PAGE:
Okahandja philanthropist claims political victimisation

Chairperson of the Okahandja Community Committee and Founder of Home Based Care, Kathleen Uri-Khos, has made sensational claims that she is being victimised by the Okahandja Municipality after her charity organisation was ordered to vacate the premises it has been leasing for free from council since 2005.
Uri-Khos told the Windhoek Observer this week that her organisation which gives monthly food parcels to HIV/AIDS patients and other vulnerable members of the community, has been ordered to vacate a municipality-owned property it has been operating from for 14 years as payback for pointing out and denouncing corrupt activities by the town’s councillors.
Uri-Khos is famous for being part of a group of residents who disrupted the nomination of Okahandja Mayor Johannes Hindjou in November last year.
Okahandja councillors wanted Hindjou installed as mayor for a second-year term in direct violation of a directive by SWAPO Secretary General, Sophia Shaningwa, who wanted former Deputy Mayor, Sofia Upithe, to be installed as Mayor, and Gideon Uwa-Khaeb as Deputy Mayor, with Hileni Iita and Helmi Maruru to be appointed as members of the management committee.
Uri-Khos and her group wanted Shaningwa’s directive to be followed, but the town’s councillors prevailed in the end, when Hindjou was sworn in as Mayor for a second term early this year.
The combative Uri-Khos said her foundation had spent N$360,000 in 2005 renovating the council property with the understanding that it would automatically become theirs after 10 years.
She said the municipality has not been able to transfer the property into the foundation’s name because of a moratorium on property sales in the town by central government.
“I am tired of the harassment from (names withheld) who have been hired by council to terrorise me. I have reported them to the police, but nothing has been done so far,” Uri-Khos said in an interview.
“These people have been coming to my office harassing me, but I am not afraid of them. I am more than willing to fight them in court,” she added. 
According to Uri-Khos, monthly rental fees from the five-bedroom property are used to buy food and other essentials for HIV/AIDS patients and vulnerable members of the community.
She said loss of income will put an end to their philanthropic activities in the town which will affect a number of beneficiaries.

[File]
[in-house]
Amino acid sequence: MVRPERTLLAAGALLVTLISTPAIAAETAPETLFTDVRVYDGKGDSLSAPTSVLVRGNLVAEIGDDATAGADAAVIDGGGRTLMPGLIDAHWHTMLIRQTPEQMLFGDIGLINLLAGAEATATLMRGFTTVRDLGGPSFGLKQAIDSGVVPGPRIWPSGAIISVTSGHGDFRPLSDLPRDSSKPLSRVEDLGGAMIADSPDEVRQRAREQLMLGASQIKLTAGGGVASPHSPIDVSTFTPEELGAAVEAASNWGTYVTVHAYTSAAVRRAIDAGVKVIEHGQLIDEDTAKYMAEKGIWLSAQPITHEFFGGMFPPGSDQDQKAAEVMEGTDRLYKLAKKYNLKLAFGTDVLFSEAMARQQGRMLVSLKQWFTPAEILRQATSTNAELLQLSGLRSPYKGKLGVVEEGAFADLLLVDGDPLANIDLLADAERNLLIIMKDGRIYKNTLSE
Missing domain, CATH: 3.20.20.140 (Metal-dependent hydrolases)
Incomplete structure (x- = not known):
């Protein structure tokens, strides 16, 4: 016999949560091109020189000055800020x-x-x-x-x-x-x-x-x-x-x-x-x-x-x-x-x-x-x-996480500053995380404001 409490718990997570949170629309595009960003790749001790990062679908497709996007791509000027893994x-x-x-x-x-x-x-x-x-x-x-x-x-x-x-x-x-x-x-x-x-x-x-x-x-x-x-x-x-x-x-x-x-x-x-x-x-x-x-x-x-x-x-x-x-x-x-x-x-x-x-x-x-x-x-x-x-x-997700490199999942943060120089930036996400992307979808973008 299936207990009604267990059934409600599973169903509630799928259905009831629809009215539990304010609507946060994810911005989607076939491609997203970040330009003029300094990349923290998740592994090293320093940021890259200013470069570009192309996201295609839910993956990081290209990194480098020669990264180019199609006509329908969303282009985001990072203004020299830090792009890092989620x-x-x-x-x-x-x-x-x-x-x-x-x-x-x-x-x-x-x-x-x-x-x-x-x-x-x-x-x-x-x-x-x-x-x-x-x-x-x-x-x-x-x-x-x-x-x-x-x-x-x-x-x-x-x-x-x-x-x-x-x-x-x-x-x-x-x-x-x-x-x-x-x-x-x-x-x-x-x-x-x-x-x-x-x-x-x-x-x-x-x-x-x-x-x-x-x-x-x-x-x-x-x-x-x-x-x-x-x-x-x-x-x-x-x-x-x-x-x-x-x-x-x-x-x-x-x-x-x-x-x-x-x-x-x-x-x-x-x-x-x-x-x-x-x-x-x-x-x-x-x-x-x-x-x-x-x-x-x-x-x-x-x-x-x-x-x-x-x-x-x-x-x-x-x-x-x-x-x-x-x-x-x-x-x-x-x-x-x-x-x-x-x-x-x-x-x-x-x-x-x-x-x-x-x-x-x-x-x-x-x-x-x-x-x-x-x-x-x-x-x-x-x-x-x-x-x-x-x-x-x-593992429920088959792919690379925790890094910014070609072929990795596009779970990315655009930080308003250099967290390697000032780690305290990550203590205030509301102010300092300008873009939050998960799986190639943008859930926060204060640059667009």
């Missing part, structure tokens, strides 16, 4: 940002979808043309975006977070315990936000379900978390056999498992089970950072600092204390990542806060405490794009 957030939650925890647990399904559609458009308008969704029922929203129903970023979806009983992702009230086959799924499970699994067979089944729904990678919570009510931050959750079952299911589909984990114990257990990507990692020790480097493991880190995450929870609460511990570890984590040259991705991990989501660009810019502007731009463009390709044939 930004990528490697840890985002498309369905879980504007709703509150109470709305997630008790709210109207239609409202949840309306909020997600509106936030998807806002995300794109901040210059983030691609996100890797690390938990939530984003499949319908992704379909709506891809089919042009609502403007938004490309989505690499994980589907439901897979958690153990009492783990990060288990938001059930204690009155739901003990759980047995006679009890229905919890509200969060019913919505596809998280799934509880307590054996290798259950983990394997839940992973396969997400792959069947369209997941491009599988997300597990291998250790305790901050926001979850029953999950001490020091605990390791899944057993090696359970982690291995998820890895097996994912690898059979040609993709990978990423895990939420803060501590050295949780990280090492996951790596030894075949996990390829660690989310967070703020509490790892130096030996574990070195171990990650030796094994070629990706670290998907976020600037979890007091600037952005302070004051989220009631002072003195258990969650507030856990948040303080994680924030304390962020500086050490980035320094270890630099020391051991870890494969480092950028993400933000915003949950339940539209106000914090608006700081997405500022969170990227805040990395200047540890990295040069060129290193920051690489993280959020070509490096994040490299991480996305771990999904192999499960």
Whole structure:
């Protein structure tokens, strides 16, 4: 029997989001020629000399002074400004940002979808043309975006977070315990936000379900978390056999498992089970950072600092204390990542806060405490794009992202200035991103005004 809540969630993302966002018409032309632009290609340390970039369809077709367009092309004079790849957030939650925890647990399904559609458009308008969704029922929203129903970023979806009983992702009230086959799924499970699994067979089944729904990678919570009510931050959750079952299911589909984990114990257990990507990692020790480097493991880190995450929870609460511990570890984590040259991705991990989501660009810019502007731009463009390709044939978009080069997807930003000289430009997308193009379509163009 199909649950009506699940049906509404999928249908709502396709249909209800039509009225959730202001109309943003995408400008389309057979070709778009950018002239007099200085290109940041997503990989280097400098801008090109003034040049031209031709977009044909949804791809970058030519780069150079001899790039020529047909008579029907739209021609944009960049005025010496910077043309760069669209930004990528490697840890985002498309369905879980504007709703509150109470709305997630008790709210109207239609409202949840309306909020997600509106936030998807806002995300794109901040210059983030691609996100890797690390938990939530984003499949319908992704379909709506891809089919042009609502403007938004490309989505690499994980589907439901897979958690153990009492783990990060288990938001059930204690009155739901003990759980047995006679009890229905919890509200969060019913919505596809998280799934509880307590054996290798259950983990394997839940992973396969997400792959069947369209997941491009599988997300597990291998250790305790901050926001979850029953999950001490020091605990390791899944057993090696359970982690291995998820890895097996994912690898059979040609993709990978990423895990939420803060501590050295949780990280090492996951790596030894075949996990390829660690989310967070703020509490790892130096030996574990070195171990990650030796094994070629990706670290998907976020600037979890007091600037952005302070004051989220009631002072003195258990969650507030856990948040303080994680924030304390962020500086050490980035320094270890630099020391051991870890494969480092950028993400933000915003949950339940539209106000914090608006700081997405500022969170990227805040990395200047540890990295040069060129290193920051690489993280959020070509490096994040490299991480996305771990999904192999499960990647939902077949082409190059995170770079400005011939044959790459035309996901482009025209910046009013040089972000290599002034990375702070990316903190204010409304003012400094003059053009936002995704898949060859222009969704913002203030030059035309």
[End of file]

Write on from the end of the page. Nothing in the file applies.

The Windhoek Observer has seen a letter addressed to Uri-khos by Okahandja Municipality Chief Executive Officer, Martha Mutilifa.
In the letter dated 4 July, Mutilifa said Uri-khos and her foundation had ignored several eviction notices.
“It is against this background that council decided to issue a direct order of eviction to your Home Based Care Committee including all tenants residing at the above mentioned property to vacate the building on or before 14th of July 2019,” Mutilifa wrote to Uri-khos.
She said failure to vacate the premises will leave council with no option, but to involve law enforcement agencies.
Mutilifa told the Windhoek Observer in an interview on Thursday that she was not in a position to give reasons why Home Based Care was being evicted from the council property.
“I am not in a position to give reasons why, but I have implemented a council resolution. I don’t know when that land was given, it was before my time. It’s a long story,” was all that the CEO could say.
Home Based Care Project Coordinator, Magdelena Meyer, said a group calling themselves Damaged Control is being used by the town’s councillors to take over the building.
“Damaged Control wants to take over the building when it is still under our control, but we will fight the eviction notices until the end,” Meyer said.
“We have suggested that they come in as partners and we work together, but they don’t want us there totally. They want to take over the building and conduct their own business there, but that is not fair because we renovated that building which used to be dilapidated using our own resources after we held a fundraiser.” This email address is being protected from spambots. You need JavaScript enabled to view it.


The Windhoek Observer is an English-language weekly newspaper, published in Namibia by Paragon Investment Holding. It is the country's oldest and largest circulating weekly.

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